Mona Hatoum’s Tate Modern retrospective charts a brilliant and ever-evolving oeuvre.
Moving from performance to installation, the Beirut-born artist explores the power of form against content, and material against conceptual associations.
“Mona Hatoum”, the artist’s eponymous solo retrospective at Tate Modern, has earned mostly positive reviews. The exhibition delves into the past 35 years of the artist’s career, documenting works from her early performance and video pieces to her sculptures and large-scale installations.
Co-organised by the Centre Pompidou, the Musée National d’Art Moderne, Paris, the Tate Modern and the Finnish National Gallery / the Museum of Contemporary Art Kiasma, Helsinki, “Mona Hatoum” runs until 21 August 2016.
Mona Hatoum (b. 1952, Beirut, Lebanon) started out as a performance artist in the 1980s. In 1982, Hatoum staged a seven-hour performance piece at Portsmouth’s Aspex Gallery which featured her trapped and struggling within a mud-smeared transparent container. Entitled Under Siege, and performed against the background of Arabic revolutionary songs, the piece was a dramatic, overtly political response to the plight of Palestine and Lebanon. The artist comments on her early performance works in an interview with BOMB Magazine:
Going to University […] was my first encounter with a large bureaucratic institution. […] I became involved in analyzing power structures, first in relation to feminism, and then in wider terms as in the relationship between the Third World and the West. This led me to making confrontational, issue-based performance works which were fuelled by anger and a sense of urgency.
The emotional potency of these early performances are documented by surviving photographs. Other seminal pieces include Negotiating Table (1983), in which the artist laid motionless for hours “wrapped in plastic and gauze, her mummified frame heaped with raw kidneys”; and Roadworks (1985), in which the artist walked barefoot through Brixton with a pair of Dr Martens boots tied to her ankles. As The Guardian summarises, Hatoum’s 1980s performances “spoke of torture, separation, the disenfranchised, the besieged”. In Hatoum’s own words, quoted by the same article:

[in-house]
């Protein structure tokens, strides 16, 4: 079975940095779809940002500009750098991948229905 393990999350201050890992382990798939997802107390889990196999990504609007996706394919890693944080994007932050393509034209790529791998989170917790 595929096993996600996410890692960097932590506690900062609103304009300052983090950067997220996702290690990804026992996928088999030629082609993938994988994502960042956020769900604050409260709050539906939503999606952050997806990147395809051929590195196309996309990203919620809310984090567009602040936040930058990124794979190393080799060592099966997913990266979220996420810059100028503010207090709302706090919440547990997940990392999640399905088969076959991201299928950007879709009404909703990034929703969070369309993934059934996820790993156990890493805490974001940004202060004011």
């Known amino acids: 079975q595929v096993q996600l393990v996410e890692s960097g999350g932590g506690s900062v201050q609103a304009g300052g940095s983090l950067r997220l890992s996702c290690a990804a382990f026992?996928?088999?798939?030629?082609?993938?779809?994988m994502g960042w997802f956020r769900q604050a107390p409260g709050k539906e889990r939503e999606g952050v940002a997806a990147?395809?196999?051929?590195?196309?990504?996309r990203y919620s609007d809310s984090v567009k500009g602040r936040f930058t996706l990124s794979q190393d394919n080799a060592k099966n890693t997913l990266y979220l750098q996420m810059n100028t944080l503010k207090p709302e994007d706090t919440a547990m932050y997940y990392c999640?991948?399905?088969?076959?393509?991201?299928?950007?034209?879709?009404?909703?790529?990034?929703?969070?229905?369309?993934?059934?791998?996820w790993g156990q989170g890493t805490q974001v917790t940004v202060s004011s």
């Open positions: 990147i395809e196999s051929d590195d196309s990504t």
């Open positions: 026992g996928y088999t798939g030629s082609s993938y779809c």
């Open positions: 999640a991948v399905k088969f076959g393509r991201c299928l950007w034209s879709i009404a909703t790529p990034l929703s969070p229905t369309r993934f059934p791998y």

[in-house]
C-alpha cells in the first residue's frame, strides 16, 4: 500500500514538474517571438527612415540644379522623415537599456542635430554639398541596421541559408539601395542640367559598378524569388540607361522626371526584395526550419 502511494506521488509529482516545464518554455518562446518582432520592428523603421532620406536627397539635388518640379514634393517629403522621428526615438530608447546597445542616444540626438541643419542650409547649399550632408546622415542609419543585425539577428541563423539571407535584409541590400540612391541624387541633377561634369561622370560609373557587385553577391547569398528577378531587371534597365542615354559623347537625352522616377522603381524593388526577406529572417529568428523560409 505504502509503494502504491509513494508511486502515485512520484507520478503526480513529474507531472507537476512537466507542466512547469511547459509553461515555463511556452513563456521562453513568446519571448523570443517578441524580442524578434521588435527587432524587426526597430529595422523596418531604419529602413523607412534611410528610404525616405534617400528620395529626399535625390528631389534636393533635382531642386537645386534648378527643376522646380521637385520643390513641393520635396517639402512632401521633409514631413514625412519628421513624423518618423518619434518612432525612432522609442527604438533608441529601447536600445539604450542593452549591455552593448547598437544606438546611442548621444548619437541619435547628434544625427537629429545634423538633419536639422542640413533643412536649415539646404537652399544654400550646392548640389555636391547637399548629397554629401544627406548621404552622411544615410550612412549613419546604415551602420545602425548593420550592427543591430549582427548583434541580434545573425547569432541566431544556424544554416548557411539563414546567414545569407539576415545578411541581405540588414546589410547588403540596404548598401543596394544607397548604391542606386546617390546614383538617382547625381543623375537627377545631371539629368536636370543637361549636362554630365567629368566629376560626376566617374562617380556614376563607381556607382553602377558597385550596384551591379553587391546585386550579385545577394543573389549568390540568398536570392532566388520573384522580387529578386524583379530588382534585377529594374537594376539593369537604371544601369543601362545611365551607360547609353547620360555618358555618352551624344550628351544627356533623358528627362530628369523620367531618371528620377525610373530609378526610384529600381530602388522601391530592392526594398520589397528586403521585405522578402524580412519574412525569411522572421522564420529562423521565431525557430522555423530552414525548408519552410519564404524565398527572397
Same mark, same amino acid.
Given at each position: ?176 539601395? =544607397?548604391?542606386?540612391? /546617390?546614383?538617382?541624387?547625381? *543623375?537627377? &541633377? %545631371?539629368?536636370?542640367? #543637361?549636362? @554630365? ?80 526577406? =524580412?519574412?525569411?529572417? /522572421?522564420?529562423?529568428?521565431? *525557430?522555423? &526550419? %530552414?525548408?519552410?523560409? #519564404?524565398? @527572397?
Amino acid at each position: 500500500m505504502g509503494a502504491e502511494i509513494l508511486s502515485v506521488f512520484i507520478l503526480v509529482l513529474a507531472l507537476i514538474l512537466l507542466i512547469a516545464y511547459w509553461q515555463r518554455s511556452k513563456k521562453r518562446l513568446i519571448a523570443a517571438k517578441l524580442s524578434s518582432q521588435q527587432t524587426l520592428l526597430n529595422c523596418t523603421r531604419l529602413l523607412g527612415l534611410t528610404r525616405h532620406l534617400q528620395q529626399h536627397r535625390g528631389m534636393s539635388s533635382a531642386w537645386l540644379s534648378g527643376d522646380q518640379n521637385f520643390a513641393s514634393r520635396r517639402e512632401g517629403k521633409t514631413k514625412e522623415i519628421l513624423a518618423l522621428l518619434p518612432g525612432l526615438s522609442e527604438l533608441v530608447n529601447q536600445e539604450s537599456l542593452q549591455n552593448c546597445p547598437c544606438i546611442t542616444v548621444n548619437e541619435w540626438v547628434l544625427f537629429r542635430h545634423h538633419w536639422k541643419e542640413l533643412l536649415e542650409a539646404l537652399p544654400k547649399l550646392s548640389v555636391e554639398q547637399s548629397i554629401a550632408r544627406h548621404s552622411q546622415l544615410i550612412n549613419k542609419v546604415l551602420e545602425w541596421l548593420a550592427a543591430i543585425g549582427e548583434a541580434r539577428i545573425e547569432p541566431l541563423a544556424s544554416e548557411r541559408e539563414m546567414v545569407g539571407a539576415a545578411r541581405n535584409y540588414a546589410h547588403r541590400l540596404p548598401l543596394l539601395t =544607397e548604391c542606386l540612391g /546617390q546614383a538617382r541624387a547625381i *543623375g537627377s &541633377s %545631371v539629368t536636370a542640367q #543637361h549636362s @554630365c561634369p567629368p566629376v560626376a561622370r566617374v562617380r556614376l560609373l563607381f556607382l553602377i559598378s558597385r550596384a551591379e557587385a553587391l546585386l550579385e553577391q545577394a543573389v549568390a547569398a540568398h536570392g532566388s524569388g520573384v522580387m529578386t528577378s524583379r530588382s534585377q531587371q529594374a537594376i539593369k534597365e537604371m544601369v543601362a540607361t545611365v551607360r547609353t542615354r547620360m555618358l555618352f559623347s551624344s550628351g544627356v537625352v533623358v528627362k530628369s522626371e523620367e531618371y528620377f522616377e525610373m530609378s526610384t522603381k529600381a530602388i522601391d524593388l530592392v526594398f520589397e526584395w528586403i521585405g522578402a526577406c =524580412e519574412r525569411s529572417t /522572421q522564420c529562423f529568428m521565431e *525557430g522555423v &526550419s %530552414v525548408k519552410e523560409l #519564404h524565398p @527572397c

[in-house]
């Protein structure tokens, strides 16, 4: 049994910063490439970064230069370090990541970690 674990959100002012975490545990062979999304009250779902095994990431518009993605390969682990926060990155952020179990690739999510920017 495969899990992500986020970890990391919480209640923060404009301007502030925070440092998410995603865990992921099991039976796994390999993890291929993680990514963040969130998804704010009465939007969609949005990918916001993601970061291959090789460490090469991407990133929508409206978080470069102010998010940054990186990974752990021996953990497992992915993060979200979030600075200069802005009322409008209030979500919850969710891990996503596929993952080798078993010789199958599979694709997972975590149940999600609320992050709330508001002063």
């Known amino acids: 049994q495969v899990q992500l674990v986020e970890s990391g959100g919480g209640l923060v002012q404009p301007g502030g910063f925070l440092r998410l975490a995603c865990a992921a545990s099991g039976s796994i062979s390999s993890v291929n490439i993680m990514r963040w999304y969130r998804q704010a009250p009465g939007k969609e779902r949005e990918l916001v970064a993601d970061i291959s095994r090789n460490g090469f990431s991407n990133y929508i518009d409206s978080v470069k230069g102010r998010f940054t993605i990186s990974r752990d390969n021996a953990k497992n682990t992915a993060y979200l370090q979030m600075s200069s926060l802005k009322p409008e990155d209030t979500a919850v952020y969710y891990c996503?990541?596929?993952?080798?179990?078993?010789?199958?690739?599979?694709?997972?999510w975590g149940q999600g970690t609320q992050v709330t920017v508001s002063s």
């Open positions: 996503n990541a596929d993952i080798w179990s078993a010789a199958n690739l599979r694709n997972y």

I felt like I had nothing to lose. I was venting my anger, without caring what people thought. I was very restless. I couldn’t sit with something for too long, so performance gave me the possibility of work that was immediate, unpremeditated. It was improvised. I didn’t rehearse; I would just turn up with my props.
The turn inwards
In 1989 Hatoum turned away from performance towards video and installations. Speaking to The Guardian, Hatoum recalls her change in focus: “I was a little disillusioned with performance by then, and so I started to work with materials again.” The move proved to be career-making: Hatoum’s first solo exhibition at the Pompidou took place in 1994 and in 1995 she was shortlisted for the prestigious Turner Prize for her by-now canonical piece Corps étranger (1994). A disturbing yet highly engrossing endoscopy of the artist’s own innards, Corps étranger opens the exhibition at the current Tate retrospective. As The Telegraph describes it:
The camera’s journey through Hatoum’s glistening internal passages and foaming bodily fluids makes for an extraordinary visceral self-portrait, while the throbbing, roaring soundtrack, created by the movement of the camera, compounds the claustrophobic sense of the body as a confining, even imprisoning organism.